But there are also people for whom Christmas is not all fun and games. It can bring significant amount of problems, too. 

Planning and arranging the festivities can cause severe anxiety and stress, especially if you’re trying to manage the added work to an already busy and overloaded schedule. If you’re struggling with grief or dealing with mental health conditions, this time of year can be especially difficult.

Beat the festive blues

If you’re stressing out, or unhappy during this time, here are a few tips to beat the festive blues.

  • Plan ahead. Don’t wait for last minute sales and do your shopping well ahead of time. Send out invites and make the necessary booking arrangements as early as possible. This will ensure you have at least a blueprint of your schedule and plans ready before things start, and you’ll be relatively stress-free.
  • Don’t go overboard with your budget. The Christmas spirit is about generosity and not about how expensive or spectacular your gifts or arrangements are. Make a budget and stick to it. It will actually save you a great deal of stress in the long run.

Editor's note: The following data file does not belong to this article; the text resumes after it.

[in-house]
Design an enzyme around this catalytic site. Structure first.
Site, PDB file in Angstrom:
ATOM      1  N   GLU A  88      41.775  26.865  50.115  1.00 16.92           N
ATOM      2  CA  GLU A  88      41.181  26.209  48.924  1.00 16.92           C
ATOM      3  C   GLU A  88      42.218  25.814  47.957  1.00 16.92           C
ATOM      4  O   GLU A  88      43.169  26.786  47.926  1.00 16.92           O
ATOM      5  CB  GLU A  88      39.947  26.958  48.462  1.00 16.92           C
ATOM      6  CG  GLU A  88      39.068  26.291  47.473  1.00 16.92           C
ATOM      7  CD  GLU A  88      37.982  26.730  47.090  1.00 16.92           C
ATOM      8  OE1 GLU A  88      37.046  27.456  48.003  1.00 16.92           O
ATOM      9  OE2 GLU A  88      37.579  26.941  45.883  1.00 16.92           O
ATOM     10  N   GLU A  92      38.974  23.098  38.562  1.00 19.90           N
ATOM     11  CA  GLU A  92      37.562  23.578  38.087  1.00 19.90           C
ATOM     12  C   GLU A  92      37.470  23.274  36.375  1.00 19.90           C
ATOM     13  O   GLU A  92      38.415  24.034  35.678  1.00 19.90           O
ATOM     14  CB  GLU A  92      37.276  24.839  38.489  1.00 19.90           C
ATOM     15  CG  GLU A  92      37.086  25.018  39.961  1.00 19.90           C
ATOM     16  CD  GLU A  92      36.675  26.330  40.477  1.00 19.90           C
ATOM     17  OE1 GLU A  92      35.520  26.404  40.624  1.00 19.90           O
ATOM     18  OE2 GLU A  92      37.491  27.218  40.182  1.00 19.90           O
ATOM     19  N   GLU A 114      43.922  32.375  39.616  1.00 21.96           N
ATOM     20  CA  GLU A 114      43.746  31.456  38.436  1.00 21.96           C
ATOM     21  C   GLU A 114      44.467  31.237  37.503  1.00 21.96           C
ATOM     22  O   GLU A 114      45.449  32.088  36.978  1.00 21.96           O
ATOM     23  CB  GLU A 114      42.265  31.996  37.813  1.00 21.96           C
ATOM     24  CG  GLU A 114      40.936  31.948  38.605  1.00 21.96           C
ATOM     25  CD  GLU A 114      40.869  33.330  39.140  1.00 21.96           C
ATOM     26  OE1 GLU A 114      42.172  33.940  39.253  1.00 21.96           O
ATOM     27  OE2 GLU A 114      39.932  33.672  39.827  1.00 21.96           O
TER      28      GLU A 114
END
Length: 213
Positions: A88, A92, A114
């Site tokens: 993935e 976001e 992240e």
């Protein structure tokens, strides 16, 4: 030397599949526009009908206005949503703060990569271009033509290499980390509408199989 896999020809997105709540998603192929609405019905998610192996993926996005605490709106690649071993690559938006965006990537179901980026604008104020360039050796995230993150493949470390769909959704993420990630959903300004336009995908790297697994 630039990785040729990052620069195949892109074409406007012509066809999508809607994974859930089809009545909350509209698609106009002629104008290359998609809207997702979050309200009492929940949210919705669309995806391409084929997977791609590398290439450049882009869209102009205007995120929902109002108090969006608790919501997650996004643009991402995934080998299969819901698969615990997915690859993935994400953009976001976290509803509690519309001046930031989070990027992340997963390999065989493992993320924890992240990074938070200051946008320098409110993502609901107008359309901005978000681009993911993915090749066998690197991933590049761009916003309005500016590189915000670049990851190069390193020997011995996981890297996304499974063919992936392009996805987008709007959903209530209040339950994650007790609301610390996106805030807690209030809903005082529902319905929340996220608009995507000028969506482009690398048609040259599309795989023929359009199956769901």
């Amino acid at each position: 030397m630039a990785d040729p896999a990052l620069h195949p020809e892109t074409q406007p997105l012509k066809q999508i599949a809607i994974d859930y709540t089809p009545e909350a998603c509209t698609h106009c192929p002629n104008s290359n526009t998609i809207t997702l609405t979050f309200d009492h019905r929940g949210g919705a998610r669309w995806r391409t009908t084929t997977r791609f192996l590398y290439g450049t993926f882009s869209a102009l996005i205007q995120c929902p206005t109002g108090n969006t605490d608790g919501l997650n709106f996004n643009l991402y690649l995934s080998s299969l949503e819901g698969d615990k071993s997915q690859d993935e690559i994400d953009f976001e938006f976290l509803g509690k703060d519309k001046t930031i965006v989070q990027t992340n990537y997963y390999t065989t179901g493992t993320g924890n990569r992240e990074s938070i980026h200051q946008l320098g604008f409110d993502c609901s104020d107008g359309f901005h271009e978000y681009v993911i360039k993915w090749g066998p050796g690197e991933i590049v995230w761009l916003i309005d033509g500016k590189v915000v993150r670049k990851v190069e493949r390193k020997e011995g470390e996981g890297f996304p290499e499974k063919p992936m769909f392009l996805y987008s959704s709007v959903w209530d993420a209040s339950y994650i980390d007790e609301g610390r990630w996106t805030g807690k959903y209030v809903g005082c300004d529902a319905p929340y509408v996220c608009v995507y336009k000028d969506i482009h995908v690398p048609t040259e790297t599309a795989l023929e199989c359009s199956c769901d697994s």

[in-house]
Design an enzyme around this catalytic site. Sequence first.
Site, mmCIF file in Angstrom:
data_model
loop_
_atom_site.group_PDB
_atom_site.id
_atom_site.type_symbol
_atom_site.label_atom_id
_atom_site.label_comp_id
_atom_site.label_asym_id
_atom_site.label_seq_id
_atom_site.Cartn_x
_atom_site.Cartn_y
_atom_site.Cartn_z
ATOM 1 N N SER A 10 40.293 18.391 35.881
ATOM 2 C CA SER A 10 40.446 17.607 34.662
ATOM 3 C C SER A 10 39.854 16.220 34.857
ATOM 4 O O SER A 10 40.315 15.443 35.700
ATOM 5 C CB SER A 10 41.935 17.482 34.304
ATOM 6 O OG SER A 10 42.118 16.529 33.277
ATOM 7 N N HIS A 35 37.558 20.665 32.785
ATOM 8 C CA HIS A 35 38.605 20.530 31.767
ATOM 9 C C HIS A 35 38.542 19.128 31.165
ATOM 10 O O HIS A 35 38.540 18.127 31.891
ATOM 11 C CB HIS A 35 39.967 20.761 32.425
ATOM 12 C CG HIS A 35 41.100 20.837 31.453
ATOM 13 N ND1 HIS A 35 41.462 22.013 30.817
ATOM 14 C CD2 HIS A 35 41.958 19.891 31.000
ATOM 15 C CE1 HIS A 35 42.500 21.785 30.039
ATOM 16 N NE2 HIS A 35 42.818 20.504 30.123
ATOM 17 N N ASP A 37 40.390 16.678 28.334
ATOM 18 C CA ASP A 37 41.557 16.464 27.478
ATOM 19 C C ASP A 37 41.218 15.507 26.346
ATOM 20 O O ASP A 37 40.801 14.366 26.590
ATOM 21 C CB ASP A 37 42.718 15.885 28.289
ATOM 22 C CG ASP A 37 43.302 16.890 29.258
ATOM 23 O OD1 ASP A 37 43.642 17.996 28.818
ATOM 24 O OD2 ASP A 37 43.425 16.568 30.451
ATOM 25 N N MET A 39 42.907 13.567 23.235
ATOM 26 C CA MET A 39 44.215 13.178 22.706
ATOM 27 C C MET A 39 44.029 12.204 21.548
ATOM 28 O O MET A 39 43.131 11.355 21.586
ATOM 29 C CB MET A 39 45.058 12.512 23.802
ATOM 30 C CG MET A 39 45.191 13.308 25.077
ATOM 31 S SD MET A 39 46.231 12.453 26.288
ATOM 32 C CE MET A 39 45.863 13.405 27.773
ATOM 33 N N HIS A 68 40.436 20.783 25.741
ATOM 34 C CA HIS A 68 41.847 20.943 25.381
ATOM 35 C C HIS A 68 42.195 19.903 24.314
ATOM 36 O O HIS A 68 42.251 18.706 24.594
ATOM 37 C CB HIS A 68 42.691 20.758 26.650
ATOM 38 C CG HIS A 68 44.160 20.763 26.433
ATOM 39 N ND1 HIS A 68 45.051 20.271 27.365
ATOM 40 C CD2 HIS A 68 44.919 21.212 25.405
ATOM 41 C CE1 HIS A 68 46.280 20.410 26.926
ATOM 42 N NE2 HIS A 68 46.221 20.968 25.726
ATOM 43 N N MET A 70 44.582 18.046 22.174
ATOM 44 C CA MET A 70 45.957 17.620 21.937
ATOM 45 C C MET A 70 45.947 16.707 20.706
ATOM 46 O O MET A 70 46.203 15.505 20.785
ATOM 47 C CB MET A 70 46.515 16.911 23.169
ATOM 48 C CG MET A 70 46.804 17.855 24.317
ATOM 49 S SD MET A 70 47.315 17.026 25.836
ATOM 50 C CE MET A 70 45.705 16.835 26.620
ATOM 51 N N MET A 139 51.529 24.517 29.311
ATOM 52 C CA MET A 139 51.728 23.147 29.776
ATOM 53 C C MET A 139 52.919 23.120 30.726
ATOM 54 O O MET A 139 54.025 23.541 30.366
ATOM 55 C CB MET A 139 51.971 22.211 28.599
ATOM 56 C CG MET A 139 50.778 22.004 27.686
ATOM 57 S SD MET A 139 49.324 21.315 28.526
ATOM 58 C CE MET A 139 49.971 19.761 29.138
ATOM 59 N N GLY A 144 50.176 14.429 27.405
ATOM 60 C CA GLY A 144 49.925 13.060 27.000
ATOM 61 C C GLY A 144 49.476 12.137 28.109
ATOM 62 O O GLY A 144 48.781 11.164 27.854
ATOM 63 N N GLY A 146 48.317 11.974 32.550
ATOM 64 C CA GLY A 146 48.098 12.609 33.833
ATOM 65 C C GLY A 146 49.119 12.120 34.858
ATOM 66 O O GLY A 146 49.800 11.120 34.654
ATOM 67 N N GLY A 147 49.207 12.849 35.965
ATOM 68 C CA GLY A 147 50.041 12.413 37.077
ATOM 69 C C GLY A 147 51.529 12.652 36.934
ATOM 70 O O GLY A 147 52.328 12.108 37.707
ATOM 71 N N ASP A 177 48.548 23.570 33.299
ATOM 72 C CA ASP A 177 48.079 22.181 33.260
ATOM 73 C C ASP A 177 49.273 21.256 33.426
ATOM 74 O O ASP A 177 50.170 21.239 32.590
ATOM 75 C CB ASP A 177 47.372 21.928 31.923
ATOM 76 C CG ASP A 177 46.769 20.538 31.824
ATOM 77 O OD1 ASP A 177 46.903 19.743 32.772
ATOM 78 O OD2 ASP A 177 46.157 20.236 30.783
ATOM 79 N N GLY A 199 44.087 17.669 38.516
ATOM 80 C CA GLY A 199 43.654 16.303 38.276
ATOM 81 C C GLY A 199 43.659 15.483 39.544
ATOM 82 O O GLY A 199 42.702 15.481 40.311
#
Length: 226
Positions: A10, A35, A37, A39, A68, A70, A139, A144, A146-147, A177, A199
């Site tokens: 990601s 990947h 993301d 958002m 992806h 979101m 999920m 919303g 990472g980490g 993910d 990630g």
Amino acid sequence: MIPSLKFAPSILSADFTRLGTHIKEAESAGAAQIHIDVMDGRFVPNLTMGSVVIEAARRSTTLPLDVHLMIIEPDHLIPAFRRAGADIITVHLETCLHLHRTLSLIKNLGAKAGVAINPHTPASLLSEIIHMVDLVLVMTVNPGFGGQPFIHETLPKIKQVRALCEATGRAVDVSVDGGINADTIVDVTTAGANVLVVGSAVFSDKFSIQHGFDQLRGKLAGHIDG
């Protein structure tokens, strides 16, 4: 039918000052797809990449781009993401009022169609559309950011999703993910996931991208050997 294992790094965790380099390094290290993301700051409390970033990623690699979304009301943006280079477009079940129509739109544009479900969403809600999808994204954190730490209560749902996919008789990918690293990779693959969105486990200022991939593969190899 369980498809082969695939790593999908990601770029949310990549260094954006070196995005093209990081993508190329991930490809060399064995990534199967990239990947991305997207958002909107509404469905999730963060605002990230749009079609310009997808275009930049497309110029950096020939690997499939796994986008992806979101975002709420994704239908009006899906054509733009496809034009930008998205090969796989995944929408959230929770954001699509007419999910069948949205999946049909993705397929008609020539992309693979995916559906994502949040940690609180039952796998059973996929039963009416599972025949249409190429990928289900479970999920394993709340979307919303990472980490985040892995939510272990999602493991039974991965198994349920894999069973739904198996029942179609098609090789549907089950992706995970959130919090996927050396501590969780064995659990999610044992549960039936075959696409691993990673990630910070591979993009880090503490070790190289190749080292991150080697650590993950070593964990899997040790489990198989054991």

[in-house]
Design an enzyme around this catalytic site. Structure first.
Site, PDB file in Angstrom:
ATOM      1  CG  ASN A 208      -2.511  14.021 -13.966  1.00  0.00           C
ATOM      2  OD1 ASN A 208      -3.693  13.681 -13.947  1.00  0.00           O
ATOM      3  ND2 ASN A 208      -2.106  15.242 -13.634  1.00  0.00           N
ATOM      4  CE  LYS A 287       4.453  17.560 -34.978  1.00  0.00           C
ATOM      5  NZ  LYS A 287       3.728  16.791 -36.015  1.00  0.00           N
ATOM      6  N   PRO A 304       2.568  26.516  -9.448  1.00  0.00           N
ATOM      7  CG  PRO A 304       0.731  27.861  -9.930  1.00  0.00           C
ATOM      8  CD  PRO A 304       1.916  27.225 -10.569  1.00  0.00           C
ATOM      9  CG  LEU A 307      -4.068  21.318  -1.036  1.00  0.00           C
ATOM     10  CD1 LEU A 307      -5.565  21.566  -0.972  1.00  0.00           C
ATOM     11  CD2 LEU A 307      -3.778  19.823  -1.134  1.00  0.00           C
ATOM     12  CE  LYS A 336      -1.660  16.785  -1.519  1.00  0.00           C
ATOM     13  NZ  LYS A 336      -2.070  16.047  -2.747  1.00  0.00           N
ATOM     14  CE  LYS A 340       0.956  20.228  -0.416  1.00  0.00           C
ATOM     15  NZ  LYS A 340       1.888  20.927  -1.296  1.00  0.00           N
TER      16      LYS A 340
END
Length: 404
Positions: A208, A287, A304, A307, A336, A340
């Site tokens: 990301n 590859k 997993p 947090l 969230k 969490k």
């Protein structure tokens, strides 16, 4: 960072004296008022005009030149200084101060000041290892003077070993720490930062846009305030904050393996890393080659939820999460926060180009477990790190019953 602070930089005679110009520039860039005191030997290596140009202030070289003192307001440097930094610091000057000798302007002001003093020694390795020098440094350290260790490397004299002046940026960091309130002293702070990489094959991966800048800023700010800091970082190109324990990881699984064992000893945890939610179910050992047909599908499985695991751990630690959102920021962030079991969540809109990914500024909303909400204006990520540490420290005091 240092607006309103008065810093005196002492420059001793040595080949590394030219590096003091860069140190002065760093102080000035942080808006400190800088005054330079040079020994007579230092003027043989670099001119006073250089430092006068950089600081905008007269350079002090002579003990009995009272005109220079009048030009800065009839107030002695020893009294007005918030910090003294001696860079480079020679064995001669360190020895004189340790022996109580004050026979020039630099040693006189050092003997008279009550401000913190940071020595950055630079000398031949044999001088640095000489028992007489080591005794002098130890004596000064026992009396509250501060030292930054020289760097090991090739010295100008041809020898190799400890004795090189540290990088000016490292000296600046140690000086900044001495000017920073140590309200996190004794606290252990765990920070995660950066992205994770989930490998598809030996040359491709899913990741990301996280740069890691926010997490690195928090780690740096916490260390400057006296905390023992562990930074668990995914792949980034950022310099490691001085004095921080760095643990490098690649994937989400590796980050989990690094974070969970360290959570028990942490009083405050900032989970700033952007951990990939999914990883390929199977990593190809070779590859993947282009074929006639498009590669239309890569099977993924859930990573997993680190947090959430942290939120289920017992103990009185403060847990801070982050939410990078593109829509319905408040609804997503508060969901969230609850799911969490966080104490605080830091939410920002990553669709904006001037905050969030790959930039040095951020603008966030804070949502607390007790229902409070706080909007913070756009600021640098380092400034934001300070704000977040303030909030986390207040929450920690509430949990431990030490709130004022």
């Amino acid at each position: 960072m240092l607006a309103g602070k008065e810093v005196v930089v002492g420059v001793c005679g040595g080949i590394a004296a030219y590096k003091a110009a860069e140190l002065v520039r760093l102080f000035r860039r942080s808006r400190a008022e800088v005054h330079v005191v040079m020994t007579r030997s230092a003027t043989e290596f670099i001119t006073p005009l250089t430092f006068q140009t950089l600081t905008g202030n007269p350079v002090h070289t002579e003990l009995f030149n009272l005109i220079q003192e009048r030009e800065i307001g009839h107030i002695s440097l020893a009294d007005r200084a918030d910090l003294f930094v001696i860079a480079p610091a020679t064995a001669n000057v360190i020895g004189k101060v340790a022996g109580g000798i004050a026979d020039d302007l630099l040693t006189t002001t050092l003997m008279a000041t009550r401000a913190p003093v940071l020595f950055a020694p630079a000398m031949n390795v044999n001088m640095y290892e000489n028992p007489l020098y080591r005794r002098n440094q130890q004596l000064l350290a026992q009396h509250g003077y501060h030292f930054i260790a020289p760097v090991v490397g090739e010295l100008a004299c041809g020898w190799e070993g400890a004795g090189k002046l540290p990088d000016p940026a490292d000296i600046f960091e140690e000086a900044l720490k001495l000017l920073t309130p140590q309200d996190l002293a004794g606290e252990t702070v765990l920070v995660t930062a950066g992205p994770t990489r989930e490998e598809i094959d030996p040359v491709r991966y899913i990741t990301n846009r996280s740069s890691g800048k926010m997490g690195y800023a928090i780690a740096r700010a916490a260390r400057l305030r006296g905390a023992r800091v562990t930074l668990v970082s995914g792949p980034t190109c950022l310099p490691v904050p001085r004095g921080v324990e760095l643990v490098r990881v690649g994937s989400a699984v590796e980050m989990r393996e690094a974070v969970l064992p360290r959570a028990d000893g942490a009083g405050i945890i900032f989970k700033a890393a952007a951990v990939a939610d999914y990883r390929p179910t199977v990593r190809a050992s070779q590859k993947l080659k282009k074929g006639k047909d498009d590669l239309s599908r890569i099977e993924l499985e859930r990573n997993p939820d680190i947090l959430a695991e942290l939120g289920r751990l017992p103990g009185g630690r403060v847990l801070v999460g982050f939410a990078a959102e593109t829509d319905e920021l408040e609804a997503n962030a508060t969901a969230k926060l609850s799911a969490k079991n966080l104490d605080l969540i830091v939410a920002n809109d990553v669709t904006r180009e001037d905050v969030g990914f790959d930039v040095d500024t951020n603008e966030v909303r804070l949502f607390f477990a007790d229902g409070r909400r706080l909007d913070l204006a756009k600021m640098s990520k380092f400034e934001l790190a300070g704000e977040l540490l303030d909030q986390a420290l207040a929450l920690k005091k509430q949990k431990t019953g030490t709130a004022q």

• Don’t be ashamed to ask for help. You don’t have to do everything alone. Involve your friends and family in the preparation instead of treating them as guests. You’ll have a great deal more fun, and your workload too will decrease.
  • Process your grief and trauma. If you are depressed or grieving, repressing those emotions may do more harm to your brain. Be gentle with yourself. Remember to be kind to yourself and ease the pressure you put on yourself during this time of year.


Christmas is a holiday that looks different for everyone. Celebrations can be big or small, religious or secular. The festivities are time for your brain to unwind and relax. And engaging in giving can help get your happy hormones going, helping you feel motivated and cheerful even if you find yourself doing more. No matter how you decide to celebrate, just remember to embrace your Christmas cheer. Your brain will thank you.